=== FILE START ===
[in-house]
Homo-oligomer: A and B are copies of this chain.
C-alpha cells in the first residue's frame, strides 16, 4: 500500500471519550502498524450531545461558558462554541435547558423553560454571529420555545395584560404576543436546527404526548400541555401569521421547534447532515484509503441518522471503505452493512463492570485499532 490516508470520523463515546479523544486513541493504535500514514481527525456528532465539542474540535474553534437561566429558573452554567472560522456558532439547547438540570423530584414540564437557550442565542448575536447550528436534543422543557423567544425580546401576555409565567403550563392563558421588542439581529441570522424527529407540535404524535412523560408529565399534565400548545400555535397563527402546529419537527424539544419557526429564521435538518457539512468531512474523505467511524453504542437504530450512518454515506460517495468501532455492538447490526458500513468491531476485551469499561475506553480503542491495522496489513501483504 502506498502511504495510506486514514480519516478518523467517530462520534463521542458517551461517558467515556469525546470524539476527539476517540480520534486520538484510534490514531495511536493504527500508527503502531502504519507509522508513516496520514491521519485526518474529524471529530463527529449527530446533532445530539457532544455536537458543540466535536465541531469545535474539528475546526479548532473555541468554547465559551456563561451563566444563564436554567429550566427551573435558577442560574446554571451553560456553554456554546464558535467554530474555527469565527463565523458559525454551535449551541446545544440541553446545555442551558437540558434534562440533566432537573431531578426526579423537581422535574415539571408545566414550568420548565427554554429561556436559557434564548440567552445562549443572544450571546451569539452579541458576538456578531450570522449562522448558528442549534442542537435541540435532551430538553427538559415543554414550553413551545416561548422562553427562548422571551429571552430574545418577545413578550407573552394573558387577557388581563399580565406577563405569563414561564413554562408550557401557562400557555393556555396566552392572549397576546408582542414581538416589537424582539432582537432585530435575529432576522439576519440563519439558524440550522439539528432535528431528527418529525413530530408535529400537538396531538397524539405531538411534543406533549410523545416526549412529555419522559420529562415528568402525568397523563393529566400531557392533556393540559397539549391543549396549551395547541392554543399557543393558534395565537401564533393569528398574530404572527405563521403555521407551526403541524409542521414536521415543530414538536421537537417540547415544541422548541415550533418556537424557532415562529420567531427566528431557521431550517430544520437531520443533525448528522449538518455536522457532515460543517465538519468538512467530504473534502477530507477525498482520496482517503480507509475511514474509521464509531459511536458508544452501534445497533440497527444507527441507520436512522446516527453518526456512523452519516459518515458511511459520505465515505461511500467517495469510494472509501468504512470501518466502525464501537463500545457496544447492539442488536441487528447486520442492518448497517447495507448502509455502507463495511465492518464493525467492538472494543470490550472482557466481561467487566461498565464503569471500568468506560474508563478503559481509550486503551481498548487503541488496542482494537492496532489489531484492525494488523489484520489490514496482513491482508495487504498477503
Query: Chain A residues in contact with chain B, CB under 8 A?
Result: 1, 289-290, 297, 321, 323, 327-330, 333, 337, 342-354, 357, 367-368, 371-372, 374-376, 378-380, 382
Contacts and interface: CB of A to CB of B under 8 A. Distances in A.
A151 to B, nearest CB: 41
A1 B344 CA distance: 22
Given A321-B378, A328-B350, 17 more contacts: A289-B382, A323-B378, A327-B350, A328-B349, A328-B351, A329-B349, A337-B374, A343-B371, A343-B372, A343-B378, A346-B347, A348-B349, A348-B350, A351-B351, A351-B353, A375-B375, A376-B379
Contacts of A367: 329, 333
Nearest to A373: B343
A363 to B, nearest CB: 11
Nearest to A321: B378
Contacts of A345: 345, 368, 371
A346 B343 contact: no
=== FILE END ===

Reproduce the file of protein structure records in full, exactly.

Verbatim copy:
[in-house]
Homo-oligomer: A and B are copies of this chain.
C-alpha cells in the first residue's frame, strides 16, 4: 500500500471519550502498524450531545461558558462554541435547558423553560454571529420555545395584560404576543436546527404526548400541555401569521421547534447532515484509503441518522471503505452493512463492570485499532 490516508470520523463515546479523544486513541493504535500514514481527525456528532465539542474540535474553534437561566429558573452554567472560522456558532439547547438540570423530584414540564437557550442565542448575536447550528436534543422543557423567544425580546401576555409565567403550563392563558421588542439581529441570522424527529407540535404524535412523560408529565399534565400548545400555535397563527402546529419537527424539544419557526429564521435538518457539512468531512474523505467511524453504542437504530450512518454515506460517495468501532455492538447490526458500513468491531476485551469499561475506553480503542491495522496489513501483504 502506498502511504495510506486514514480519516478518523467517530462520534463521542458517551461517558467515556469525546470524539476527539476517540480520534486520538484510534490514531495511536493504527500508527503502531502504519507509522508513516496520514491521519485526518474529524471529530463527529449527530446533532445530539457532544455536537458543540466535536465541531469545535474539528475546526479548532473555541468554547465559551456563561451563566444563564436554567429550566427551573435558577442560574446554571451553560456553554456554546464558535467554530474555527469565527463565523458559525454551535449551541446545544440541553446545555442551558437540558434534562440533566432537573431531578426526579423537581422535574415539571408545566414550568420548565427554554429561556436559557434564548440567552445562549443572544450571546451569539452579541458576538456578531450570522449562522448558528442549534442542537435541540435532551430538553427538559415543554414550553413551545416561548422562553427562548422571551429571552430574545418577545413578550407573552394573558387577557388581563399580565406577563405569563414561564413554562408550557401557562400557555393556555396566552392572549397576546408582542414581538416589537424582539432582537432585530435575529432576522439576519440563519439558524440550522439539528432535528431528527418529525413530530408535529400537538396531538397524539405531538411534543406533549410523545416526549412529555419522559420529562415528568402525568397523563393529566400531557392533556393540559397539549391543549396549551395547541392554543399557543393558534395565537401564533393569528398574530404572527405563521403555521407551526403541524409542521414536521415543530414538536421537537417540547415544541422548541415550533418556537424557532415562529420567531427566528431557521431550517430544520437531520443533525448528522449538518455536522457532515460543517465538519468538512467530504473534502477530507477525498482520496482517503480507509475511514474509521464509531459511536458508544452501534445497533440497527444507527441507520436512522446516527453518526456512523452519516459518515458511511459520505465515505461511500467517495469510494472509501468504512470501518466502525464501537463500545457496544447492539442488536441487528447486520442492518448497517447495507448502509455502507463495511465492518464493525467492538472494543470490550472482557466481561467487566461498565464503569471500568468506560474508563478503559481509550486503551481498548487503541488496542482494537492496532489489531484492525494488523489484520489490514496482513491482508495487504498477503
Query: Chain A residues in contact with chain B, CB under 8 A?
Result: 1, 289-290, 297, 321, 323, 327-330, 333, 337, 342-354, 357, 367-368, 371-372, 374-376, 378-380, 382
Contacts and interface: CB of A to CB of B under 8 A. Distances in A.
A151 to B, nearest CB: 41
A1 B344 CA distance: 22
Given A321-B378, A328-B350, 17 more contacts: A289-B382, A323-B378, A327-B350, A328-B349, A328-B351, A329-B349, A337-B374, A343-B371, A343-B372, A343-B378, A346-B347, A348-B349, A348-B350, A351-B351, A351-B353, A375-B375, A376-B379
Contacts of A367: 329, 333
Nearest to A373: B343
A363 to B, nearest CB: 11
Nearest to A321: B378
Contacts of A345: 345, 368, 371
A346 B343 contact: no